Joint Statement from Welland Canal Mayors regarding St. Lawrence Seaway labour disruption

October 23, 2023 – The Mayors of the Welland Canal issued a joint call today pushing for both sides of the St. Lawrence Seaway labour disruption to get back to the bargaining table, and reiterated the vital need for the Seaway to maintain operations. With the visible imagery of ships lining up in front of the canal at both ends, the ramifications of the shutdown are clear to the Mayors of Port Colborne, Welland, Thorold and St. Catharines. The Seaway is one of the most vital conduits for trade throughout North America, supporting over $12 billion in economic activity annually. The potential impacts of a strike on the economy, jobs, and the supply chain highlight the importance of marine shipping on the Great Lakes – St. Lawrence Seaway, and the need to resolve the dispute as quickly as possible. The Seaway has a long and respected reputation for reliability in its operations, and the Mayors expressed the desire for the Seaway to resolve this matter with minimal disruption, and with the support of the Federal government if necessary. They also expressed the expectation that contingency planning would be undertaken to support the continued movement of vital commodities during a strike. “Much of Port Colborne’s livelihood hinges on the bustling activity along the Welland Canal,” said Port Colborne Mayor Bill Steele. “I wholeheartedly urge the St. Lawrence Seaway Management Corporation and Unifor to expedite their efforts in reaching a fair and reasonable agreement. While I extend my empathy to the employees currently engaged in this strike, it is important to recognize that the seamless flow of goods through the Great Lakes stands at the core of our regional economy along the Canal. Prolonged labour unrest has the potential to send ripples of disruption across various sectors throughout North America.”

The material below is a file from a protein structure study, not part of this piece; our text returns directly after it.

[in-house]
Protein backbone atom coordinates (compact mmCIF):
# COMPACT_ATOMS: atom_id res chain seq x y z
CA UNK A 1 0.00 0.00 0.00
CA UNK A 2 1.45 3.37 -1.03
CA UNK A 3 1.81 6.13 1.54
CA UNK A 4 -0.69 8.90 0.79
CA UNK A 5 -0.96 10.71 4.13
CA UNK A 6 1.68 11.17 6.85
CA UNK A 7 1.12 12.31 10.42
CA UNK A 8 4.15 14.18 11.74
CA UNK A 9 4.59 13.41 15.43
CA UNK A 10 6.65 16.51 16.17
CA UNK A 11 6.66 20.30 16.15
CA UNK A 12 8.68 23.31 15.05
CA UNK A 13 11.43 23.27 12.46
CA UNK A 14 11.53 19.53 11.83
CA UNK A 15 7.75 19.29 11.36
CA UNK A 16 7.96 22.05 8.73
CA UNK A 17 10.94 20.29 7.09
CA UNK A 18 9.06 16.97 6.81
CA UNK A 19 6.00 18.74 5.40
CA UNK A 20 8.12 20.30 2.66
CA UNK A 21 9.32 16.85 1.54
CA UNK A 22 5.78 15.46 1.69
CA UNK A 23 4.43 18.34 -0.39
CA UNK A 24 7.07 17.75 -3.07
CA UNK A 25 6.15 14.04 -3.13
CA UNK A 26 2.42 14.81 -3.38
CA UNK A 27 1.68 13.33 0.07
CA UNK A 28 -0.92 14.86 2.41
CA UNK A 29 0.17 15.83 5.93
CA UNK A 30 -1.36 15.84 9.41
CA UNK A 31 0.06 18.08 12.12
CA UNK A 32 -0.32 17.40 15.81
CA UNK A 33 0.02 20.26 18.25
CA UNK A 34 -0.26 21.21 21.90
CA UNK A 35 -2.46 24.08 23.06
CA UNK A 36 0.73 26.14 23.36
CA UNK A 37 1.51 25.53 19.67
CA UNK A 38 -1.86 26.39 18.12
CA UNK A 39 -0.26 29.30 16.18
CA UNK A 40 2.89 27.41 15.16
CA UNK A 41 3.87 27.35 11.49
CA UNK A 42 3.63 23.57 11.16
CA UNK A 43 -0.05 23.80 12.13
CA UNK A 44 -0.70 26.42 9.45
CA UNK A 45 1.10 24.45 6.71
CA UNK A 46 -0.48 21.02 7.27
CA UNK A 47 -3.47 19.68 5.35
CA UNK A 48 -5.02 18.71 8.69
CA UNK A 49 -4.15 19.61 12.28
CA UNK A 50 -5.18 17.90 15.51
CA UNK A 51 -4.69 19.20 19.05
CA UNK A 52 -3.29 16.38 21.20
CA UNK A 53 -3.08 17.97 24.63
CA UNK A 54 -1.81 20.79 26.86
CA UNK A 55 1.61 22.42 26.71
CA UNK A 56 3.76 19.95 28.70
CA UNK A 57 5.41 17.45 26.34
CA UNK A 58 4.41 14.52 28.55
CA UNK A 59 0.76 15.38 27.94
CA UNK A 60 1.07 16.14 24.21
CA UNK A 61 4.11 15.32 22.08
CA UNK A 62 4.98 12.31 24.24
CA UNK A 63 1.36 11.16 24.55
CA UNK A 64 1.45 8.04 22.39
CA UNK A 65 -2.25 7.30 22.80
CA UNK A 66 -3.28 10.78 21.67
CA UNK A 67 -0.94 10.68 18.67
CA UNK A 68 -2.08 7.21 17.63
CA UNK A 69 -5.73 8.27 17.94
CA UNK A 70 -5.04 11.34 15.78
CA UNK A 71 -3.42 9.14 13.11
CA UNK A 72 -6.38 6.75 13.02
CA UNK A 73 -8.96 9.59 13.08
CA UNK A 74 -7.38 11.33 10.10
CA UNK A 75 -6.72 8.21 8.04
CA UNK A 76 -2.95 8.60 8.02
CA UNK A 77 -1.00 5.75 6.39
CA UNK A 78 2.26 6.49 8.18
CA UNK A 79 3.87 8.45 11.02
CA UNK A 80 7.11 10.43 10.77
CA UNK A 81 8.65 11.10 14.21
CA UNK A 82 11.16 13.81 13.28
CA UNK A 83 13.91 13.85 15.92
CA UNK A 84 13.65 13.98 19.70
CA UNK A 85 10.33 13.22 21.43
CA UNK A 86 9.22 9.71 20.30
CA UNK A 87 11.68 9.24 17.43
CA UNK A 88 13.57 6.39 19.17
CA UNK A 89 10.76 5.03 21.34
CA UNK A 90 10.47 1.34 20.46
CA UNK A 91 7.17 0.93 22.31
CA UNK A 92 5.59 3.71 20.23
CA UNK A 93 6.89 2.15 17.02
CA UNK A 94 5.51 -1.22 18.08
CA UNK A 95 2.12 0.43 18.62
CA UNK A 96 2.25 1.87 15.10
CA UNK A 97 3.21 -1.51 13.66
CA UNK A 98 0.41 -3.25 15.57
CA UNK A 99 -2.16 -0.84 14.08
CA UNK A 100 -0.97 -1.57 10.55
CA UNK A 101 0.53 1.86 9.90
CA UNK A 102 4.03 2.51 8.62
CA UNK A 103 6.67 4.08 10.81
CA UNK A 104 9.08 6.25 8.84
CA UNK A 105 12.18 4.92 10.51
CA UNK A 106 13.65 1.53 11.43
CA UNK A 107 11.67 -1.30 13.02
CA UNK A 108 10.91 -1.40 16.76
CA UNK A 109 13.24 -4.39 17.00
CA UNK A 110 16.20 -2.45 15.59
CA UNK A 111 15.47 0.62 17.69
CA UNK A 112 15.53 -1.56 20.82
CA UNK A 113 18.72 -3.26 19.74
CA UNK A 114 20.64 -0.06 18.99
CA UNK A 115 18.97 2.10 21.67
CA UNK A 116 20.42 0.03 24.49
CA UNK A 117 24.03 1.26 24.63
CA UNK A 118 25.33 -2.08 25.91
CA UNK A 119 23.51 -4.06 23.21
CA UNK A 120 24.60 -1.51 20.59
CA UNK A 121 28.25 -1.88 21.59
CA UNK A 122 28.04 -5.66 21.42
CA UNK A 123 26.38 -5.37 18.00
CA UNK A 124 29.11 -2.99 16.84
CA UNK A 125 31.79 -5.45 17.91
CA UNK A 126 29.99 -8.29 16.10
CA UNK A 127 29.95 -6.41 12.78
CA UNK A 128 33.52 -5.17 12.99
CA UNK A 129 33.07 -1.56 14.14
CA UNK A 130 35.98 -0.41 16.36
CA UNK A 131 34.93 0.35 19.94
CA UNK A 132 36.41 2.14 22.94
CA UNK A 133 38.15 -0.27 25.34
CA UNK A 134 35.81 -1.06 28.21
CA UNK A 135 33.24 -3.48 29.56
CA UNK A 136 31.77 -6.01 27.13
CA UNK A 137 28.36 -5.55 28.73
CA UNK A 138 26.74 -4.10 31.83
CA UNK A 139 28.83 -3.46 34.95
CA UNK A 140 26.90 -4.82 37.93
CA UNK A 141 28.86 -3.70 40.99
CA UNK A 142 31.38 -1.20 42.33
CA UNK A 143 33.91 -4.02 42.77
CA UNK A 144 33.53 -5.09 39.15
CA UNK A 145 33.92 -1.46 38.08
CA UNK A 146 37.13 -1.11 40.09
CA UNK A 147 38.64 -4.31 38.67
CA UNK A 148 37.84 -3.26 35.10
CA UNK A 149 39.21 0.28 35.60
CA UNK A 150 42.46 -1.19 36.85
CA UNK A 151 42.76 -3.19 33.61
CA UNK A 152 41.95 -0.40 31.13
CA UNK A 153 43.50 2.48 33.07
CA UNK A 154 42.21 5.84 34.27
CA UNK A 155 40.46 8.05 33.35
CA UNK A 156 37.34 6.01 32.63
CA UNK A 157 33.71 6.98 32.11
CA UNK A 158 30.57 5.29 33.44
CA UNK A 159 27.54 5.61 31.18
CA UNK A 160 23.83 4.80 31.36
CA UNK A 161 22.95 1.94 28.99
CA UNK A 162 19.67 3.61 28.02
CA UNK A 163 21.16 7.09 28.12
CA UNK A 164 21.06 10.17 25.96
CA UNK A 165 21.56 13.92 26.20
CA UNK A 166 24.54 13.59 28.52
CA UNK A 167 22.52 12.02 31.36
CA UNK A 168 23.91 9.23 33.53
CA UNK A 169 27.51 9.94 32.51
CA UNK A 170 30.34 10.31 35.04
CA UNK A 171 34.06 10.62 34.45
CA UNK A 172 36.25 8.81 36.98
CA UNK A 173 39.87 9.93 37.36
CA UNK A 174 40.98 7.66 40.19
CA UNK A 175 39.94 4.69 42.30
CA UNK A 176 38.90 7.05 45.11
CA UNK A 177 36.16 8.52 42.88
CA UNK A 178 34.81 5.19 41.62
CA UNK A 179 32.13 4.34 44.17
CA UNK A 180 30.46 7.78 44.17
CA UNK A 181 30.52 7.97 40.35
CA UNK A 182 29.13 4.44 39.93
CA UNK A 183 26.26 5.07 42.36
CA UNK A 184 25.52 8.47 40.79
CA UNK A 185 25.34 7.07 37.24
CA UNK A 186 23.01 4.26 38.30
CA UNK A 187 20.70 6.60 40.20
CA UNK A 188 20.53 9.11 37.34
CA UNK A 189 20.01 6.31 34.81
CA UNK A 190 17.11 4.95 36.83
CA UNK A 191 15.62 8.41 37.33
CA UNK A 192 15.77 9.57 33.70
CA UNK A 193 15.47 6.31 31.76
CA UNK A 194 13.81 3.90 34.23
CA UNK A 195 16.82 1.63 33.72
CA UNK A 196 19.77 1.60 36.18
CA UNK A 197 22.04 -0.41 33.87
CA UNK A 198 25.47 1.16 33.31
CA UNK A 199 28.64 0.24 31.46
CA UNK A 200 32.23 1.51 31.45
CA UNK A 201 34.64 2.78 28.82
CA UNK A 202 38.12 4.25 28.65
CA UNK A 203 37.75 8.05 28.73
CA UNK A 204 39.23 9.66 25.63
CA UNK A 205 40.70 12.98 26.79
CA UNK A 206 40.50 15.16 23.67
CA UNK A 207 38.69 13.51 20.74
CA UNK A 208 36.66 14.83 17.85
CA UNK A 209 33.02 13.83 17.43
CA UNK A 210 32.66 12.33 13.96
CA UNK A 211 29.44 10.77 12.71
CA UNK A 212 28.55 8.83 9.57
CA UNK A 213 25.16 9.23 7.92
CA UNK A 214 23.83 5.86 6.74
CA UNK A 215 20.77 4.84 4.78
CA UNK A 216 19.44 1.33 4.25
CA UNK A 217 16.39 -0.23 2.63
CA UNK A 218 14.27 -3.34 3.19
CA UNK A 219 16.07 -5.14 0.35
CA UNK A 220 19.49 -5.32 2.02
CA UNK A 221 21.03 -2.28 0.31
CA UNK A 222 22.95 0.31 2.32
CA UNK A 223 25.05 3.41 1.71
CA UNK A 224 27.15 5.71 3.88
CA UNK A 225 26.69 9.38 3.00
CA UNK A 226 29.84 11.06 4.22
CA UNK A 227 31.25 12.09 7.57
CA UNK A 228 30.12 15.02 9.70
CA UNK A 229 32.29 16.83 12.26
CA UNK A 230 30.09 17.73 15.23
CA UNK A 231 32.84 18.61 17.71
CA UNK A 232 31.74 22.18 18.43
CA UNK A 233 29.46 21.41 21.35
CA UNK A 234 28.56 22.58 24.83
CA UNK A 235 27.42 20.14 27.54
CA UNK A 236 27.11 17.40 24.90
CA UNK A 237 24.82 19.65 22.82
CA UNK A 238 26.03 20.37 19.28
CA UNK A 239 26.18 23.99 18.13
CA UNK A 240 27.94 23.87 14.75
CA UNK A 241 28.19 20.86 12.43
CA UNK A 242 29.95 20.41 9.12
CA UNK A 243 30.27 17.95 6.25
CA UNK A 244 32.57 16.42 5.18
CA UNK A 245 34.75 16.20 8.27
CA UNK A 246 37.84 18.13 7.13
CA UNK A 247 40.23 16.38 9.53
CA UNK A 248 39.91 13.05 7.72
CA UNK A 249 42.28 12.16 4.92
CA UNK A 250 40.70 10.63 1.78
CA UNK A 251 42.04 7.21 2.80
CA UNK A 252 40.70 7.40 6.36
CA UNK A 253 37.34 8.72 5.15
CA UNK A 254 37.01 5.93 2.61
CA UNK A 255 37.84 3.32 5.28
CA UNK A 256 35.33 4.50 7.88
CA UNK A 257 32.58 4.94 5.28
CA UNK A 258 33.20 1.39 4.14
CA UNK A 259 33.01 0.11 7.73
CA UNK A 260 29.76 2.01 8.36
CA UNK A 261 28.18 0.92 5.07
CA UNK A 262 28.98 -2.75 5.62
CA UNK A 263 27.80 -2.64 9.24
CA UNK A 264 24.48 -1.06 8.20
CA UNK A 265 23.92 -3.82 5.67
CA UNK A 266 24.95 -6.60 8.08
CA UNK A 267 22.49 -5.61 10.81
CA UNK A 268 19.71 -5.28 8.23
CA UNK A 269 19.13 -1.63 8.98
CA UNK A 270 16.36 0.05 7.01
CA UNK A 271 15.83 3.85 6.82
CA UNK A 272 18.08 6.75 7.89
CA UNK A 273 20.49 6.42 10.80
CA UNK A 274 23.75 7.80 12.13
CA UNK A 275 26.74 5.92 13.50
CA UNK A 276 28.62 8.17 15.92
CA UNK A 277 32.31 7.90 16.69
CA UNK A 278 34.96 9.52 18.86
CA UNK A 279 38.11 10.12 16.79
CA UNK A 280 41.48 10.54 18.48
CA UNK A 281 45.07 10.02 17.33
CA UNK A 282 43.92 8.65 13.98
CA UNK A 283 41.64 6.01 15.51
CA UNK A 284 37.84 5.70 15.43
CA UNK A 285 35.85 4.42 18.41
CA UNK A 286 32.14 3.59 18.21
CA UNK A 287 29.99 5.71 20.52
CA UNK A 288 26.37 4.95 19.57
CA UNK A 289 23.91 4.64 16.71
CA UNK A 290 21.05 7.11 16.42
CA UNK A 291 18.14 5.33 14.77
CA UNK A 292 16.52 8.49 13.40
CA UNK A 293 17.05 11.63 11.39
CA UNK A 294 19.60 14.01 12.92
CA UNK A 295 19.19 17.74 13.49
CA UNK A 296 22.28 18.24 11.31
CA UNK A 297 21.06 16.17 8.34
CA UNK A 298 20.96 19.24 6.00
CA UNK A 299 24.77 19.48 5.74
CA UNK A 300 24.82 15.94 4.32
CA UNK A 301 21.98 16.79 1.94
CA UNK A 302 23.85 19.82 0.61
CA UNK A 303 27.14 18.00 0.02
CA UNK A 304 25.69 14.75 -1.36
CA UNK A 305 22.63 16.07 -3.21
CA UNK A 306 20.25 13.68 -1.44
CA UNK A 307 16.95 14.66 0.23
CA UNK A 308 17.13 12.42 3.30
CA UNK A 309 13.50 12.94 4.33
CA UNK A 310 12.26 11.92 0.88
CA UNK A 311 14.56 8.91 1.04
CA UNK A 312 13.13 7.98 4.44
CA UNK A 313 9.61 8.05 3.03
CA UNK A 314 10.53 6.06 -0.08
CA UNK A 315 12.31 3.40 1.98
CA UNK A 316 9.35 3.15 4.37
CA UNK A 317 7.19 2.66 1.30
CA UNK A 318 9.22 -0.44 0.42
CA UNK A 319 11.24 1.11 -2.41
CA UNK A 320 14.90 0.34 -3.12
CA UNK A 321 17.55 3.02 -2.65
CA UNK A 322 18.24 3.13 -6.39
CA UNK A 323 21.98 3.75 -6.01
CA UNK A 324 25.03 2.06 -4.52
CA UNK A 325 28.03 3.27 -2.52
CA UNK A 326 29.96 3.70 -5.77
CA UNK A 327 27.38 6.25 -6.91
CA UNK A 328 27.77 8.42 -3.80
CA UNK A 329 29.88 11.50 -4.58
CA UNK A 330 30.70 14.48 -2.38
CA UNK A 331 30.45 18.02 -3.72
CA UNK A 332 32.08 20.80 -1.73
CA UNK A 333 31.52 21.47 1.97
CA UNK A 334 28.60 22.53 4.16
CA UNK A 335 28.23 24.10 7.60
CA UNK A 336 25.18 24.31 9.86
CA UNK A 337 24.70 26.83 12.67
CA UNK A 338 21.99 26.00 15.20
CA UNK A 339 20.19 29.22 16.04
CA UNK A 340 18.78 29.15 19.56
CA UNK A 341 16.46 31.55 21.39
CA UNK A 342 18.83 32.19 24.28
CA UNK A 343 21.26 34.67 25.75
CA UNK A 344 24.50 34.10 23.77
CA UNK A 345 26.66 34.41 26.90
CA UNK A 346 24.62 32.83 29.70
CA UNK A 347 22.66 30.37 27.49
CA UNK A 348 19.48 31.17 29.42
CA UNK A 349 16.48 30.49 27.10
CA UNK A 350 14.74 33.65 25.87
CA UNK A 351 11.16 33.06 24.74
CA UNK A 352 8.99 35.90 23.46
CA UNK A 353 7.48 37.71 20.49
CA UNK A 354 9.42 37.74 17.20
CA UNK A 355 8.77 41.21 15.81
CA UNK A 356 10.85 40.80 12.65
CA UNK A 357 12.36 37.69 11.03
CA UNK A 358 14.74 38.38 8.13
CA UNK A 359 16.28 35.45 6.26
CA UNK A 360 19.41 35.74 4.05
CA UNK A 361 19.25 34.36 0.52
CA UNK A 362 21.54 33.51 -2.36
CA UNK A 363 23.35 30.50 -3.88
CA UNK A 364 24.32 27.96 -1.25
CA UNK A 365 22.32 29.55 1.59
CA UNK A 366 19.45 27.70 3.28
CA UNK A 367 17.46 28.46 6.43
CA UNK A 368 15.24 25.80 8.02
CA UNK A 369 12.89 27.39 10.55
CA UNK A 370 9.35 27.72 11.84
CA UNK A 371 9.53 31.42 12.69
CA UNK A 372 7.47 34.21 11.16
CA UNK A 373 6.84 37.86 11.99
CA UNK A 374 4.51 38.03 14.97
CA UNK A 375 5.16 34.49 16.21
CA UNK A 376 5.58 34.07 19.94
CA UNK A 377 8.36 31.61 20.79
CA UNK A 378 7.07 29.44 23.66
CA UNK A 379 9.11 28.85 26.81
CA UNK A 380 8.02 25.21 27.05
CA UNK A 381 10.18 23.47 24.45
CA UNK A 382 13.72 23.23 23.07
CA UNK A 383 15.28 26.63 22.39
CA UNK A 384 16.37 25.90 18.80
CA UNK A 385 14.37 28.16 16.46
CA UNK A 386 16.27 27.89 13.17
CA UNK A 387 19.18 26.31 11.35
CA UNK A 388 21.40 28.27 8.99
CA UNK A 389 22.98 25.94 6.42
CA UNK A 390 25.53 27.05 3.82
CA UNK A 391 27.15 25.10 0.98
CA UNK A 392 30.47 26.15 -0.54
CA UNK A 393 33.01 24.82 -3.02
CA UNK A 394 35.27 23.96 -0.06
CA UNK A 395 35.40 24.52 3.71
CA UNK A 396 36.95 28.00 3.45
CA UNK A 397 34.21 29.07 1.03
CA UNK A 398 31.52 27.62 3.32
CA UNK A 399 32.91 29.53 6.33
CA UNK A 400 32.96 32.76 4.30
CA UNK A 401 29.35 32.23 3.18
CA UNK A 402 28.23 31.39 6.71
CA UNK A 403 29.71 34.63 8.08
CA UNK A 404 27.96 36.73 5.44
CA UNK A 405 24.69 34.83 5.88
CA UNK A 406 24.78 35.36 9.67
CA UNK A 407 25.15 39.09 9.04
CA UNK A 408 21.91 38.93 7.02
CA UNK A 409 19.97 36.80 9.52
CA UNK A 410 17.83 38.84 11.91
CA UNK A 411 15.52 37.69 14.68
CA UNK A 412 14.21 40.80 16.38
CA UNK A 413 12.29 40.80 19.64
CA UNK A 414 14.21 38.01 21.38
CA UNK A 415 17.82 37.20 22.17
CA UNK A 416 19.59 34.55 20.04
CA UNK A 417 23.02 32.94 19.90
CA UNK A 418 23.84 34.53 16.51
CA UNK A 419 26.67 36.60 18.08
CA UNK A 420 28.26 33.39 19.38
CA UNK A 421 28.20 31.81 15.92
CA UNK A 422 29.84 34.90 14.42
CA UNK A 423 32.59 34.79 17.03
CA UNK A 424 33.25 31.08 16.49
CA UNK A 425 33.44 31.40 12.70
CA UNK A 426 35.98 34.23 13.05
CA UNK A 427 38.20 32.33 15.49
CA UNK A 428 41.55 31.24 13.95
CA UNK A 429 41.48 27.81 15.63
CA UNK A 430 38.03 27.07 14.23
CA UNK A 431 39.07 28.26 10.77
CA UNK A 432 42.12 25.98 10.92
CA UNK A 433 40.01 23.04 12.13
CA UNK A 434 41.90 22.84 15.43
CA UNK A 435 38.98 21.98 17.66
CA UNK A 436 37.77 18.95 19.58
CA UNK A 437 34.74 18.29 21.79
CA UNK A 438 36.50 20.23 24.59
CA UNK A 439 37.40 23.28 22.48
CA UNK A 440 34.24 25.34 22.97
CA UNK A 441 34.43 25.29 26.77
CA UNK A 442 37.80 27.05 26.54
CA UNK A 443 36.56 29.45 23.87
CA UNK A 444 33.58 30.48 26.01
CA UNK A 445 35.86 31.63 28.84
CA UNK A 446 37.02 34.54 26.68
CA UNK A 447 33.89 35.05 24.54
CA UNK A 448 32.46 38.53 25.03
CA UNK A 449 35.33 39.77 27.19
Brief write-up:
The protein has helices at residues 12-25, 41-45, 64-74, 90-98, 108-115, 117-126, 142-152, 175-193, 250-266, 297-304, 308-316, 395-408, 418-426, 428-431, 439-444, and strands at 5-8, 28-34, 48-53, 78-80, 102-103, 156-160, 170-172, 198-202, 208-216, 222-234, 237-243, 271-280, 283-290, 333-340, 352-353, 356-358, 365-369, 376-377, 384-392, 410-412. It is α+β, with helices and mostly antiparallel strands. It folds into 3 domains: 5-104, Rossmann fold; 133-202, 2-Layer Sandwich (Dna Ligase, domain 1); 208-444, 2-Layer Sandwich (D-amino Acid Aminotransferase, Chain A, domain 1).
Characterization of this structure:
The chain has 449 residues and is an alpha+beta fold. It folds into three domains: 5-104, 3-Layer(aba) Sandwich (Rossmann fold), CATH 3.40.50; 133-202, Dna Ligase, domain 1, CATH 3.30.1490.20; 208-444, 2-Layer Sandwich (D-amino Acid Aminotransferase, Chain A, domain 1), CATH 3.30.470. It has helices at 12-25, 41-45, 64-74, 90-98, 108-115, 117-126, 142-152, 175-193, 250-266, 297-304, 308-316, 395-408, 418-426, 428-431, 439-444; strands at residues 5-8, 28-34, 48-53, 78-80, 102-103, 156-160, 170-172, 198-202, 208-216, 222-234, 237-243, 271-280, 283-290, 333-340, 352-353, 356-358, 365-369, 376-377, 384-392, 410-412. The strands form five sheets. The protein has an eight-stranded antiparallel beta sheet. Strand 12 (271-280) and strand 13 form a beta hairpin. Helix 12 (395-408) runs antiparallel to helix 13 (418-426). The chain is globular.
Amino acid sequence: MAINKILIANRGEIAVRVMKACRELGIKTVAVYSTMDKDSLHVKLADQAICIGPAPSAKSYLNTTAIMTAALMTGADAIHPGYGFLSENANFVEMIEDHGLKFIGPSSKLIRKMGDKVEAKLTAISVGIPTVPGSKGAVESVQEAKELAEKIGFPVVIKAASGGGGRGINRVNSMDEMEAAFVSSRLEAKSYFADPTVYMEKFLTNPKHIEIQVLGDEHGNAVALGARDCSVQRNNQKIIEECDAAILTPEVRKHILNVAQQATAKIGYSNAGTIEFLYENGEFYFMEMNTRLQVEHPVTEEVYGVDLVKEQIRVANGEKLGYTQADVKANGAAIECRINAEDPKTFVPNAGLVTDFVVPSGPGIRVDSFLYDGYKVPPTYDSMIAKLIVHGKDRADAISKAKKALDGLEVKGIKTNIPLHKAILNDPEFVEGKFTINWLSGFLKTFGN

“It is easy to take for granted the St. Lawrence Seaway, a vital artery that connects communities and economies along its shores,” said Welland Mayor Frank Campion. “With open communication, a willingness to negotiate, and a shared goal of ensuring the flow of goods along this waterway continues to meet the needs of millions, the current labour dispute can be short-lived. But it is up to all parties involved to continue working together, communicating, and sourcing a fair and expedient outcome to a work stoppage that could have long-lasting consequences.”

“The Welland Canal is a critical piece of marine transportation infrastructure that enables the global movement of goods through the St. Lawrence Seaway System,” said Thorold Mayor Terry Ugulini. “This unique asset has enabled the growth of the Niagara Ports – Thorold location that leverages the multimodal infrastructure that connects, marine, rail, and road to support local jobs in the agriculture, logistics, and manufacturing sectors of the Niagara economy. The free movement of ships through this marine corridor is fundamental to the prosperity of communities throughout North America and globally. I hope that the St. Lawrence Seaway and Unifor are able to come to the table and negotiate an agreement that is fair to both sides.”

“The St. Lawrence Seaway is an intricate system of infrastructure representing significant capital investments by both the private and public sectors, and is a vital trade corridor that makes a significant economic contribution to both our regional economy and the entirety of North America,” said St. Catharines Mayor Mat Siscoe. “The Seaway connects some of the largest inland markets and consumers to the world. A swift and fair contract settlement will ensure our community remains a priority for continued employment and reinvestment.”

Mayor Bill Steele-Port Colborne

Mayor Frank Campion- Welland

Mayor Terry Ugulini –Thorold

Mayor Mat Siscoe- Catharines